When a reward gives a client more control over their results, it can create a higher form of motivation. As the self-determination theory states, people are more likely to engage in a behavior if they feel confident they can be successful in that activity.
Intrinsic Motivation vs Extrinsic Motivation
Viewed as the more optimal type, intrinsic motivation has proven to deliver a more meaningful approach to work. The person cares more about the act they are performing when their determination comes from within. Whereas an extrinsically motivated person relies on something else to encourage them (e.g., money, praise).
Intrinsic motivation impacts learning based on the enjoyment level that person experiences. Compare this to an individual who is only doing something for a better grade or money, for example. The latter does not care as much to retain the information because of their initial desire to pass the test or win the prize.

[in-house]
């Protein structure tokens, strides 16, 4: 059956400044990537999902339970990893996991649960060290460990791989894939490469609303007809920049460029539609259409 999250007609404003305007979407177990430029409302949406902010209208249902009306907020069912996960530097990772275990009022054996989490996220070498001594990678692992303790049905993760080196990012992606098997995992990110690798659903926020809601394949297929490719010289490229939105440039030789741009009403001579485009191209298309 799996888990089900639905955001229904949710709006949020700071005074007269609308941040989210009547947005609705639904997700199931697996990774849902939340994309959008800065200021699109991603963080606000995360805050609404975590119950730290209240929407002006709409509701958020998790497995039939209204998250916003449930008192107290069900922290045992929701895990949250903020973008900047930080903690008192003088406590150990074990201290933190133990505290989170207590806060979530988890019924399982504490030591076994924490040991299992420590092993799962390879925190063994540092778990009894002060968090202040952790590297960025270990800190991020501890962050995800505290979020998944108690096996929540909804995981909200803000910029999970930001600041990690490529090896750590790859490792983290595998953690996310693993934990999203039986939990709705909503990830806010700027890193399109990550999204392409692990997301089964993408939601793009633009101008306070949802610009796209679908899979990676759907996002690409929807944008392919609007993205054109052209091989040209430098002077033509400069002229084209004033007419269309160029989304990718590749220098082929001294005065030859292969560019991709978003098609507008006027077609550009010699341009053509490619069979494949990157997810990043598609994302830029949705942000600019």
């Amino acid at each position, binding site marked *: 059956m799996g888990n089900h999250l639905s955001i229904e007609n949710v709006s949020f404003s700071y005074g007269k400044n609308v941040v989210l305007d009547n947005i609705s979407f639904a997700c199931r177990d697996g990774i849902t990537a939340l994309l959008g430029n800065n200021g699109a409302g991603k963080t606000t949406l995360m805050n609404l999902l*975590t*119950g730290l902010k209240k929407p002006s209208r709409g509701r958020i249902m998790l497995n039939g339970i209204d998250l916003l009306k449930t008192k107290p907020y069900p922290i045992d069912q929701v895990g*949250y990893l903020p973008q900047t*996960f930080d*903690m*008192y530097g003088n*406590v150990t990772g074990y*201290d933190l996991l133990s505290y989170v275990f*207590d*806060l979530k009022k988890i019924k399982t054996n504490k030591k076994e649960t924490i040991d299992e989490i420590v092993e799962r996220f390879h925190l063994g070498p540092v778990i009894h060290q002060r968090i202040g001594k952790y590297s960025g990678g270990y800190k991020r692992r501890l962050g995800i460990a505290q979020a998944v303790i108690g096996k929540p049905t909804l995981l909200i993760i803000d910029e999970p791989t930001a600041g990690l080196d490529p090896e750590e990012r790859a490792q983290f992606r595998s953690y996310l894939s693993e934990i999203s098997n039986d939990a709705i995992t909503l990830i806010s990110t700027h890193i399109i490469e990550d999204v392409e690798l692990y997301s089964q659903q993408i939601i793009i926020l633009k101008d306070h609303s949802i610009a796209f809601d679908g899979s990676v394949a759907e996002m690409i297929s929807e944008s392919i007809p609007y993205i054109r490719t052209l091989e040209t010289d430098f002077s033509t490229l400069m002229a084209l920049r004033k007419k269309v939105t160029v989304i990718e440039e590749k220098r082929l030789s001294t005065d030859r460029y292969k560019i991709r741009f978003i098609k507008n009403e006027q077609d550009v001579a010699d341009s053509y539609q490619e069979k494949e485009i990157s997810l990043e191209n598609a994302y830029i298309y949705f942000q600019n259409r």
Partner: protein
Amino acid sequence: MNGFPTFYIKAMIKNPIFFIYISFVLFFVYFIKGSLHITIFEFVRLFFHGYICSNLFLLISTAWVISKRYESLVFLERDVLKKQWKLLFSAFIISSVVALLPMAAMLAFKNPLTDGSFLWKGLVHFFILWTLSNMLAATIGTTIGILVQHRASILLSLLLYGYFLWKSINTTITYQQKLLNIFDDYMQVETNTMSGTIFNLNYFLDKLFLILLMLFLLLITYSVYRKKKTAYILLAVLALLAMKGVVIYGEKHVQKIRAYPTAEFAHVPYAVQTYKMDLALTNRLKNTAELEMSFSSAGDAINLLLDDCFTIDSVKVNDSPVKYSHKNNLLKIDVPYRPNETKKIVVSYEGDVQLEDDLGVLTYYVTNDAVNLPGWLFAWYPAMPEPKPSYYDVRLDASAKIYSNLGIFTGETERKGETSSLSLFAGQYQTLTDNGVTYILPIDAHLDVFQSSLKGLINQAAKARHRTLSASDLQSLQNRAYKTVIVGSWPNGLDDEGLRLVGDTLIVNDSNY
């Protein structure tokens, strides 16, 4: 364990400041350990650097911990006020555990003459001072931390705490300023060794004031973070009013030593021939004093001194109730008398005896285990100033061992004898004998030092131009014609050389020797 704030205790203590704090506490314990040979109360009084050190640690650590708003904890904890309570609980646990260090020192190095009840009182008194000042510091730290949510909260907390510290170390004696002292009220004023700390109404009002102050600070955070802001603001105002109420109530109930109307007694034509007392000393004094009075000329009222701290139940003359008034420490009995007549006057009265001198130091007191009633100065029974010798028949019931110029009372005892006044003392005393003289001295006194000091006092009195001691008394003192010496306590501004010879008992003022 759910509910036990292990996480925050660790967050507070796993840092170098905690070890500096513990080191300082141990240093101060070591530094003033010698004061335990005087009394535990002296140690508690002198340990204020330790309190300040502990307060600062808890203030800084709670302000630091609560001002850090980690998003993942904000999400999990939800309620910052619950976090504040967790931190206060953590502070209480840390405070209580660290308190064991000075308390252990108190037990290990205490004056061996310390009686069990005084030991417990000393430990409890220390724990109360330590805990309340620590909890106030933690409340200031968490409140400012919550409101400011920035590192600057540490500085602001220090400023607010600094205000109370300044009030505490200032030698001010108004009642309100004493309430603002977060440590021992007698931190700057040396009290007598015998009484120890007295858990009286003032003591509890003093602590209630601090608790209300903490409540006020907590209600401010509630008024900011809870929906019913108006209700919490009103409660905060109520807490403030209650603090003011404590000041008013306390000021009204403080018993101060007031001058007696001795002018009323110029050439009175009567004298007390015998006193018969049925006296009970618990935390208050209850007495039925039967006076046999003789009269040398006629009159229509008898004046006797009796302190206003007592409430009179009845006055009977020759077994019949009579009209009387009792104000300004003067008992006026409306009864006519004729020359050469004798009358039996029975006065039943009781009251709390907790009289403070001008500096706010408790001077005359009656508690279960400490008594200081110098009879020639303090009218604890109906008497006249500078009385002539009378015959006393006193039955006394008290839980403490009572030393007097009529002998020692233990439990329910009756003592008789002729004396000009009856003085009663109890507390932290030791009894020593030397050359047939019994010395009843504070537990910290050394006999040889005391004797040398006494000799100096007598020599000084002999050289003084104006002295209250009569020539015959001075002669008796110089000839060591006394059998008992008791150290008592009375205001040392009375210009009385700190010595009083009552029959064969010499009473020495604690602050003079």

This same principle applies to your client’s program. When motivated to improve, your client gains autonomy in their fitness. They have a better chance of learning and adapting to that lifestyle.
When a client just wants to look good, they do not truly care about the process of getting there. The chance that they focus on making it a lifestyle is much less. They do not focus on factors like technique or exercise performance.
Intrinsic motivation builds internal motivators. It increases the desire to learn and build behavior patterns for success. Extrinsic motivation can help jump-start a client to complete an activity. Although it is more optimal to have feelings towards personal improvement then it is to have to be incentivized.